When I first moved here I described myself to Al Ford (for a newspaper article he was writing) as "a fundamentalist with a liberal veneer." One of our members told me recently that she thought I had it backwards. I am actually a liberal with a fundamentalist veneer.
I don't really mind wearing either label as long as I can define the terms. There are all kinds of both liberals and fundamentalists. The biblical scholar who approaches scripture with the unquestioned presupposition that the miraculous cannot and does not ever occur is just as much a fundamentalist as anybody else. I have known some pretty close minded "liberals" too (a supposed contradiction in terms).
Another label that I have been trying on myself lately is "raging moderate." I say "raging" to make it clear that I am a moderate out of conviction. Moderates generally are suspected of having no or very lightly held convictions or of being lukewarm. I'm a hot moderate.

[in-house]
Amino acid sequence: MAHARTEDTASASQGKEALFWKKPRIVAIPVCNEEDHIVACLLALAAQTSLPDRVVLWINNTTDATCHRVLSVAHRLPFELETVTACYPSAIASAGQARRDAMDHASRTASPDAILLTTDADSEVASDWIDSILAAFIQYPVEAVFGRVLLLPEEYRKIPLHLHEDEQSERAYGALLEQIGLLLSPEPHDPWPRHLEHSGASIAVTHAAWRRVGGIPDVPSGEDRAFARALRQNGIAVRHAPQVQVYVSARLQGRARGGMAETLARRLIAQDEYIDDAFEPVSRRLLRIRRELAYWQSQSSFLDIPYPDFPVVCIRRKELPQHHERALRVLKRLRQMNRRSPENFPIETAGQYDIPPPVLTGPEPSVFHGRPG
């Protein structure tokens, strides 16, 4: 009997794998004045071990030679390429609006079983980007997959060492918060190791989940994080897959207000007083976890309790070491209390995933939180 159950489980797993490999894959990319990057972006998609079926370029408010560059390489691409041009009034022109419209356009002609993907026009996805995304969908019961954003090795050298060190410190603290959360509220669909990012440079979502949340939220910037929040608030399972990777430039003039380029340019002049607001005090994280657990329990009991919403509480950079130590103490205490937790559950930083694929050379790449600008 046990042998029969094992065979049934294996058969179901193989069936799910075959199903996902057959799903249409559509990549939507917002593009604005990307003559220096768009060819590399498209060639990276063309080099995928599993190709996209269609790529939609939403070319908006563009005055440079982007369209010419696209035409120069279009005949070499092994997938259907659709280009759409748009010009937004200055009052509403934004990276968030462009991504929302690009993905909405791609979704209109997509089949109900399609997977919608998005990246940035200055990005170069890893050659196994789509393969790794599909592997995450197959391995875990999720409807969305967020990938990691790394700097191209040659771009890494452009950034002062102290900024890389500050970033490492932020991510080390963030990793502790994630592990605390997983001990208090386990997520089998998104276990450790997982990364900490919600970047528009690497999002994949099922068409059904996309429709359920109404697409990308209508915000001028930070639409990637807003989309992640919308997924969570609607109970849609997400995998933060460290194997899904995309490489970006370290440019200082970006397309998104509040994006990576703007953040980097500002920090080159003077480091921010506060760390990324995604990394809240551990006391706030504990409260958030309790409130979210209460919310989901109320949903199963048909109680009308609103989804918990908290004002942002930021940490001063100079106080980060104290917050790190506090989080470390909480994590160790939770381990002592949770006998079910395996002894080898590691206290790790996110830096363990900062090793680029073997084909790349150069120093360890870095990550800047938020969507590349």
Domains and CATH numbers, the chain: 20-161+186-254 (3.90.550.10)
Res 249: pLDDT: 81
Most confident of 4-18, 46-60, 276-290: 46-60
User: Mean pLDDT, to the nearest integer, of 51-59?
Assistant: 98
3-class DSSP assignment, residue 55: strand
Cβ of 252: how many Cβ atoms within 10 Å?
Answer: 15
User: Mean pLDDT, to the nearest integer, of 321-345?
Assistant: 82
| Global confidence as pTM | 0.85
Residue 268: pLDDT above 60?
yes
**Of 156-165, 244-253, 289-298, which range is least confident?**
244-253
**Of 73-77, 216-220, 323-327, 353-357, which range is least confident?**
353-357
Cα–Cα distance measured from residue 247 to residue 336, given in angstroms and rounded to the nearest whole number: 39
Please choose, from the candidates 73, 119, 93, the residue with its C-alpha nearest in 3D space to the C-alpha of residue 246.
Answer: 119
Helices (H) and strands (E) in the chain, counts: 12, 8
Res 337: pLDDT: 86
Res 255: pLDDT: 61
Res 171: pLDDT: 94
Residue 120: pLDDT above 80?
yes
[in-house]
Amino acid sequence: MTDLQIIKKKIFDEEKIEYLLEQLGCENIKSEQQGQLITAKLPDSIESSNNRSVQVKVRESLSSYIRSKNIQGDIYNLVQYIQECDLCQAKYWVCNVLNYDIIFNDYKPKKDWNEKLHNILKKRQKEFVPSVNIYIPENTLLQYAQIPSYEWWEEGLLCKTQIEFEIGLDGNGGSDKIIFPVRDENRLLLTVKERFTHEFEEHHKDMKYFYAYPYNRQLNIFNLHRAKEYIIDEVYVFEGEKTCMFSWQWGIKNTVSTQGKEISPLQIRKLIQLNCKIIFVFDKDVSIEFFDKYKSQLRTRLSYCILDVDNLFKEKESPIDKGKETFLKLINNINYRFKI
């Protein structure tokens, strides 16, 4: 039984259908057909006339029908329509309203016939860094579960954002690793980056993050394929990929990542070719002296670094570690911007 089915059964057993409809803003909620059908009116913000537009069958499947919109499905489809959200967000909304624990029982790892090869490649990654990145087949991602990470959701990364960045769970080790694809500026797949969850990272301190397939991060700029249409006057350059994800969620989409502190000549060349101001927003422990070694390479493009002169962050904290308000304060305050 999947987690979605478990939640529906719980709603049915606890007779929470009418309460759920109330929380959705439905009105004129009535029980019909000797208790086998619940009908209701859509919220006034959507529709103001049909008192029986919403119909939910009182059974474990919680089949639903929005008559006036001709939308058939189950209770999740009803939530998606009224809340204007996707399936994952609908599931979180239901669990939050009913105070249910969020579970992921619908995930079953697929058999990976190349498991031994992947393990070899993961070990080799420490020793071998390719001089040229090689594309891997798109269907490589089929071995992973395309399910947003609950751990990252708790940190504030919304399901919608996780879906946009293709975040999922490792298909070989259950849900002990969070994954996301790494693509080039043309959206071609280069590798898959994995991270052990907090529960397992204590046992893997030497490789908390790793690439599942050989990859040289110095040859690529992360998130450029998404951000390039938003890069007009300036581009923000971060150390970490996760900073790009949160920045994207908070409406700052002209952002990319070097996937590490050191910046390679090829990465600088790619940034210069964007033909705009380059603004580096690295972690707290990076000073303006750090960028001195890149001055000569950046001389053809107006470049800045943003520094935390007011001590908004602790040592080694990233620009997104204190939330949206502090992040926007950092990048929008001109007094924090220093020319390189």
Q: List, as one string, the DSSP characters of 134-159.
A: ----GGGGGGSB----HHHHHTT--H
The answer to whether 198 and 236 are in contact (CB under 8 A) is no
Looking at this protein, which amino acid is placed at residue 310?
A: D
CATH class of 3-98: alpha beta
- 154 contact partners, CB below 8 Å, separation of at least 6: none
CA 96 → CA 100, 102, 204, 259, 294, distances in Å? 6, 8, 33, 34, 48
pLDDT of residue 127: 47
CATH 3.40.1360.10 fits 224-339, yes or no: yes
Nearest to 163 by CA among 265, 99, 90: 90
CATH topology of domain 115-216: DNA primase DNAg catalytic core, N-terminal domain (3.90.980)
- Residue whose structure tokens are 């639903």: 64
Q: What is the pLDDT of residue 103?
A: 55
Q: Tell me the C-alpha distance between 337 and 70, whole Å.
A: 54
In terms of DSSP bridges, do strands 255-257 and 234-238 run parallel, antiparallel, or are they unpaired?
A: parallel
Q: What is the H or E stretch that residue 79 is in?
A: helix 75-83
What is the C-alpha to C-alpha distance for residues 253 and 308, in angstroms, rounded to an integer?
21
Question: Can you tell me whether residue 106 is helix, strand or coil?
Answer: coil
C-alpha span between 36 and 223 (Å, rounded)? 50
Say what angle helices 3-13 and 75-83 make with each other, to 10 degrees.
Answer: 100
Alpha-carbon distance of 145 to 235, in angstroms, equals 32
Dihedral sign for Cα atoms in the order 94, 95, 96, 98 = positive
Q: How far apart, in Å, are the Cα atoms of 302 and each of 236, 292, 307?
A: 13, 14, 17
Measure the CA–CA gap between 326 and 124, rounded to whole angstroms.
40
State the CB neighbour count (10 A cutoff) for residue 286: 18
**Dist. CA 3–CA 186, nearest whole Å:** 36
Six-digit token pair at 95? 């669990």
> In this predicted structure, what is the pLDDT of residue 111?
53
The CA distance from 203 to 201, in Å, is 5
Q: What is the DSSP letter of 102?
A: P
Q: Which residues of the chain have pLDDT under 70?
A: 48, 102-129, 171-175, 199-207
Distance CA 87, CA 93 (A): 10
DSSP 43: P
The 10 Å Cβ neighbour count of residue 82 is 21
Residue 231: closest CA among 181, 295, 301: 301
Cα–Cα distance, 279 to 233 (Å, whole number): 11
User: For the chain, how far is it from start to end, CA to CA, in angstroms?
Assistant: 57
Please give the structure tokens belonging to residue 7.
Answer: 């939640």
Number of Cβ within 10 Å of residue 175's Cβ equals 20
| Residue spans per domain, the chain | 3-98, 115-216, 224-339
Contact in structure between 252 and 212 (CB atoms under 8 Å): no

I have become even more comfortable with this choice of personal label after reading the confession of M. Scott Peck in his book, Further Along the Road Less Traveled: "I never thought I would be a middle-of-the-road anything, and here I've found myself a middle-of-the-road Christian. And as bad as that might sound, it is good, I've decided. It is not fence-sitting. It is a path of tension."
Often (but not always--we moderates are fond of qualifications) those at the poles of a particular debate (e.g. pacifism vs. militarism, pro-choice vs. pro-life) wish to avoid tension (at least the inner variety). Thus they often try to make things simpler than they in fact are. We "raging moderates" embrace the path of tension, as uncomfortable as it is, because we recognize that many of the issues we face are too complex for simple formulation, even for the application of labels.
© C. David Hess